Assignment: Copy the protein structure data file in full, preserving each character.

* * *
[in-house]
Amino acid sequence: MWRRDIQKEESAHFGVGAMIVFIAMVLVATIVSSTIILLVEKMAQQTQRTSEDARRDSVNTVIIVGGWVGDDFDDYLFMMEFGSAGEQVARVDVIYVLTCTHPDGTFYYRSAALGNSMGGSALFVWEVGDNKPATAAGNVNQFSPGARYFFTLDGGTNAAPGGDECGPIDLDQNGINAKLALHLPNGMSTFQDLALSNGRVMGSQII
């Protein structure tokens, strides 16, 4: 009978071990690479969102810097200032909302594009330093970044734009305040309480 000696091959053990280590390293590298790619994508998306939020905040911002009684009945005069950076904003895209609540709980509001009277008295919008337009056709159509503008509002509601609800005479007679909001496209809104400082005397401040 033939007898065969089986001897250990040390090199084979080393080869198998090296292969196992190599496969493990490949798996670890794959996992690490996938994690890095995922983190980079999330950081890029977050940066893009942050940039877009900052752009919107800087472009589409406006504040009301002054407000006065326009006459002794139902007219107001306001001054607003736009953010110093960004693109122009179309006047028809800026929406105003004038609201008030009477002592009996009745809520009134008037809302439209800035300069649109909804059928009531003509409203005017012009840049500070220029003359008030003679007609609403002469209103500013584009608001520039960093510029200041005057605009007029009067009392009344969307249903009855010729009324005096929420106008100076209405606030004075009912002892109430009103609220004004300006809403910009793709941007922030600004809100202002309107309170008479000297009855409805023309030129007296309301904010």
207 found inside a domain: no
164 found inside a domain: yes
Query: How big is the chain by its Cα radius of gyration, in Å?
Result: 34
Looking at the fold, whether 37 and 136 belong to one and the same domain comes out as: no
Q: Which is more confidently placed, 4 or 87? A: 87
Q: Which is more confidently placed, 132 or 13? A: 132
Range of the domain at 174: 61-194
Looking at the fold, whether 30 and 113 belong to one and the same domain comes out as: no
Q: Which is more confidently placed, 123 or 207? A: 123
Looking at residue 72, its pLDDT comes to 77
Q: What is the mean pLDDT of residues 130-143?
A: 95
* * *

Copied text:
[in-house]
Amino acid sequence: MWRRDIQKEESAHFGVGAMIVFIAMVLVATIVSSTIILLVEKMAQQTQRTSEDARRDSVNTVIIVGGWVGDDFDDYLFMMEFGSAGEQVARVDVIYVLTCTHPDGTFYYRSAALGNSMGGSALFVWEVGDNKPATAAGNVNQFSPGARYFFTLDGGTNAAPGGDECGPIDLDQNGINAKLALHLPNGMSTFQDLALSNGRVMGSQII
């Protein structure tokens, strides 16, 4: 009978071990690479969102810097200032909302594009330093970044734009305040309480 000696091959053990280590390293590298790619994508998306939020905040911002009684009945005069950076904003895209609540709980509001009277008295919008337009056709159509503008509002509601609800005479007679909001496209809104400082005397401040 033939007898065969089986001897250990040390090199084979080393080869198998090296292969196992190599496969493990490949798996670890794959996992690490996938994690890095995922983190980079999330950081890029977050940066893009942050940039877009900052752009919107800087472009589409406006504040009301002054407000006065326009006459002794139902007219107001306001001054607003736009953010110093960004693109122009179309006047028809800026929406105003004038609201008030009477002592009996009745809520009134008037809302439209800035300069649109909804059928009531003509409203005017012009840049500070220029003359008030003679007609609403002469209103500013584009608001520039960093510029200041005057605009007029009067009392009344969307249903009855010729009324005096929420106008100076209405606030004075009912002892109430009103609220004004300006809403910009793709941007922030600004809100202002309107309170008479000297009855409805023309030129007296309301904010």
207 found inside a domain: no
164 found inside a domain: yes
Query: How big is the chain by its Cα radius of gyration, in Å?
Result: 34
Looking at the fold, whether 37 and 136 belong to one and the same domain comes out as: no
Q: Which is more confidently placed, 4 or 87? A: 87
Q: Which is more confidently placed, 132 or 13? A: 132
Range of the domain at 174: 61-194
Looking at the fold, whether 30 and 113 belong to one and the same domain comes out as: no
Q: Which is more confidently placed, 123 or 207? A: 123
Looking at residue 72, its pLDDT comes to 77
Q: What is the mean pLDDT of residues 130-143?
A: 95